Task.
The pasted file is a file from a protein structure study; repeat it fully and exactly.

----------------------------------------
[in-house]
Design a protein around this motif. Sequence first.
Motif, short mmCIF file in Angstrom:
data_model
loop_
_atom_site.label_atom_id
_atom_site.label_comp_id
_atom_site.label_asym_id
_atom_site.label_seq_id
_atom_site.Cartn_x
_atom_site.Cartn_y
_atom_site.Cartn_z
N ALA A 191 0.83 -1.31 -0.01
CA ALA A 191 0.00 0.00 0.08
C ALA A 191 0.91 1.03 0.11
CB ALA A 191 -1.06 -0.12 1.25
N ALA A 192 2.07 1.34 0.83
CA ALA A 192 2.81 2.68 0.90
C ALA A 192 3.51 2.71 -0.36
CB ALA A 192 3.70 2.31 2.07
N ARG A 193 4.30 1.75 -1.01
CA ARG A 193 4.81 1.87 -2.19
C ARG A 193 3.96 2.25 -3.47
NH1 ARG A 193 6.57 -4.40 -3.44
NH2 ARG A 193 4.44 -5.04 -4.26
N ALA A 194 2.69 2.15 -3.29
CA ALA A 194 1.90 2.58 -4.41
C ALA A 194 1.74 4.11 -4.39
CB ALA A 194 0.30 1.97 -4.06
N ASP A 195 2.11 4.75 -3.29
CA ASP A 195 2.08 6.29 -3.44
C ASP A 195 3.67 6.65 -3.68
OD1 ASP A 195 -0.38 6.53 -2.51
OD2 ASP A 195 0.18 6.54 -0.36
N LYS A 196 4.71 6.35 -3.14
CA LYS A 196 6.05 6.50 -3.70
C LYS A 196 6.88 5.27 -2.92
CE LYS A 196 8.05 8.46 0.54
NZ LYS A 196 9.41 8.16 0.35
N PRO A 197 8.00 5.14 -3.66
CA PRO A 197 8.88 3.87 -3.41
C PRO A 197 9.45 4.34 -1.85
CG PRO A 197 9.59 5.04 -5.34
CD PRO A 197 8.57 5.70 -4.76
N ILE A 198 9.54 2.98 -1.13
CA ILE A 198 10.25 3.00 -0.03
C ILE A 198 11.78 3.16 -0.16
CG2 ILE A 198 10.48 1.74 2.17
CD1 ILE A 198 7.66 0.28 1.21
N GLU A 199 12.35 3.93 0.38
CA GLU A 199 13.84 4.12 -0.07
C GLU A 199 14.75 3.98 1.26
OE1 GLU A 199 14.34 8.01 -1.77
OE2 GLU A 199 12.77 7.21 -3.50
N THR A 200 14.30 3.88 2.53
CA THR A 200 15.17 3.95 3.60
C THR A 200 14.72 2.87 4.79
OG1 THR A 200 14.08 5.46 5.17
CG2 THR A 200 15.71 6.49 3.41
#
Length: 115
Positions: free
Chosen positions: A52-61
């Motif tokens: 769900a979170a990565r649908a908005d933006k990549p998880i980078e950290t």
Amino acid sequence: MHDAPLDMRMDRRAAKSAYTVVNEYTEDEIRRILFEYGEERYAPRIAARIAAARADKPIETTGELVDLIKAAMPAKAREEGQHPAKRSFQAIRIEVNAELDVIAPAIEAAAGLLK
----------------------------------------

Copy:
[in-house]
Design a protein around this motif. Sequence first.
Motif, short mmCIF file in Angstrom:
data_model
loop_
_atom_site.label_atom_id
_atom_site.label_comp_id
_atom_site.label_asym_id
_atom_site.label_seq_id
_atom_site.Cartn_x
_atom_site.Cartn_y
_atom_site.Cartn_z
N ALA A 191 0.83 -1.31 -0.01
CA ALA A 191 0.00 0.00 0.08
C ALA A 191 0.91 1.03 0.11
CB ALA A 191 -1.06 -0.12 1.25
N ALA A 192 2.07 1.34 0.83
CA ALA A 192 2.81 2.68 0.90
C ALA A 192 3.51 2.71 -0.36
CB ALA A 192 3.70 2.31 2.07
N ARG A 193 4.30 1.75 -1.01
CA ARG A 193 4.81 1.87 -2.19
C ARG A 193 3.96 2.25 -3.47
NH1 ARG A 193 6.57 -4.40 -3.44
NH2 ARG A 193 4.44 -5.04 -4.26
N ALA A 194 2.69 2.15 -3.29
CA ALA A 194 1.90 2.58 -4.41
C ALA A 194 1.74 4.11 -4.39
CB ALA A 194 0.30 1.97 -4.06
N ASP A 195 2.11 4.75 -3.29
CA ASP A 195 2.08 6.29 -3.44
C ASP A 195 3.67 6.65 -3.68
OD1 ASP A 195 -0.38 6.53 -2.51
OD2 ASP A 195 0.18 6.54 -0.36
N LYS A 196 4.71 6.35 -3.14
CA LYS A 196 6.05 6.50 -3.70
C LYS A 196 6.88 5.27 -2.92
CE LYS A 196 8.05 8.46 0.54
NZ LYS A 196 9.41 8.16 0.35
N PRO A 197 8.00 5.14 -3.66
CA PRO A 197 8.88 3.87 -3.41
C PRO A 197 9.45 4.34 -1.85
CG PRO A 197 9.59 5.04 -5.34
CD PRO A 197 8.57 5.70 -4.76
N ILE A 198 9.54 2.98 -1.13
CA ILE A 198 10.25 3.00 -0.03
C ILE A 198 11.78 3.16 -0.16
CG2 ILE A 198 10.48 1.74 2.17
CD1 ILE A 198 7.66 0.28 1.21
N GLU A 199 12.35 3.93 0.38
CA GLU A 199 13.84 4.12 -0.07
C GLU A 199 14.75 3.98 1.26
OE1 GLU A 199 14.34 8.01 -1.77
OE2 GLU A 199 12.77 7.21 -3.50
N THR A 200 14.30 3.88 2.53
CA THR A 200 15.17 3.95 3.60
C THR A 200 14.72 2.87 4.79
OG1 THR A 200 14.08 5.46 5.17
CG2 THR A 200 15.71 6.49 3.41
#
Length: 115
Positions: free
Chosen positions: A52-61
């Motif tokens: 769900a979170a990565r649908a908005d933006k990549p998880i980078e950290t």
Amino acid sequence: MHDAPLDMRMDRRAAKSAYTVVNEYTEDEIRRILFEYGEERYAPRIAARIAAARADKPIETTGELVDLIKAAMPAKAREEGQHPAKRSFQAIRIEVNAELDVIAPAIEAAAGLLK